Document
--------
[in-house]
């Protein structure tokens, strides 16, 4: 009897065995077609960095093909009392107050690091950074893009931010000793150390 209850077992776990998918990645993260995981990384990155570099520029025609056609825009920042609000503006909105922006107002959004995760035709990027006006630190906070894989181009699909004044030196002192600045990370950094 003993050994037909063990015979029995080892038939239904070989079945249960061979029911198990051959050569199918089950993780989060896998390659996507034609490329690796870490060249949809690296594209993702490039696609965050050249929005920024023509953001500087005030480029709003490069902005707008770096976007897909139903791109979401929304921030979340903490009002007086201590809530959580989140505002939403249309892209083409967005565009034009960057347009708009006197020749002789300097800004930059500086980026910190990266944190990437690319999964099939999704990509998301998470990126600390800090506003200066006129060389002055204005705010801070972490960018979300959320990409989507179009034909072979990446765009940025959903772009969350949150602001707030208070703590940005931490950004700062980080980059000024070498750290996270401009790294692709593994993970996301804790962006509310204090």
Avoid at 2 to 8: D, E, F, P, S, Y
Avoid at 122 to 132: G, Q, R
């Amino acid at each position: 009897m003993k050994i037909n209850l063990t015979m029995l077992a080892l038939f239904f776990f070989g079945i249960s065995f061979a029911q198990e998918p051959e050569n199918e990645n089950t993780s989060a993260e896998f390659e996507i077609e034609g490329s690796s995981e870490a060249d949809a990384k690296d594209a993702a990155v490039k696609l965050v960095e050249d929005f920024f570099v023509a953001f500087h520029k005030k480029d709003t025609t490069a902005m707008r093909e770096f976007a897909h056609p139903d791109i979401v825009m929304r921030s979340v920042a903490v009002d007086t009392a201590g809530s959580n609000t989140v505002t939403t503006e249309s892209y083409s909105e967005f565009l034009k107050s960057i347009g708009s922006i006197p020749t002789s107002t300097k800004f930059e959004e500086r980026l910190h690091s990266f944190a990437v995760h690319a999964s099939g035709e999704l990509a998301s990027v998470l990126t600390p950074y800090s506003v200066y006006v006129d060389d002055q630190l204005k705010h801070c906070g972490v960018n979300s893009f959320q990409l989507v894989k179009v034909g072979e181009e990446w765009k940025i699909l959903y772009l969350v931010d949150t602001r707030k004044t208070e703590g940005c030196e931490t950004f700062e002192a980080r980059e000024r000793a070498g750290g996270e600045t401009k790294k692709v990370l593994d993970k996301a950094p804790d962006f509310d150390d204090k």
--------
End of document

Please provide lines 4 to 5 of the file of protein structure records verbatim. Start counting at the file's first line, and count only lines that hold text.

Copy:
Avoid at 122 to 132: G, Q, R
């Amino acid at each position: 009897m003993k050994i037909n209850l063990t015979m029995l077992a080892l038939f239904f776990f070989g079945i249960s065995f061979a029911q198990e998918p051959e050569n199918e990645n089950t993780s989060a993260e896998f390659e996507i077609e034609g490329s690796s995981e870490a060249d949809a990384k690296d594209a993702a990155v490039k696609l965050v960095e050249d929005f920024f570099v023509a953001f500087h520029k005030k480029d709003t025609t490069a902005m707008r093909e770096f976007a897909h056609p139903d791109i979401v825009m929304r921030s979340v920042a903490v009002d007086t009392a201590g809530s959580n609000t989140v505002t939403t503006e249309s892209y083409s909105e967005f565009l034009k107050s960057i347009g708009s922006i006197p020749t002789s107002t300097k800004f930059e959004e500086r980026l910190h690091s990266f944190a990437v995760h690319a999964s099939g035709e999704l990509a998301s990027v998470l990126t600390p950074y800090s506003v200066y006006v006129d060389d002055q630190l204005k705010h801070c906070g972490v960018n979300s893009f959320q990409l989507v894989k179009v034909g072979e181009e990446w765009k940025i699909l959903y772009l969350v931010d949150t602001r707030k004044t208070e703590g940005c030196e931490t950004f700062e002192a980080r980059e000024r000793a070498g750290g996270e600045t401009k790294k692709v990370l593994d993970k996301a950094p804790d962006f509310d150390d204090k």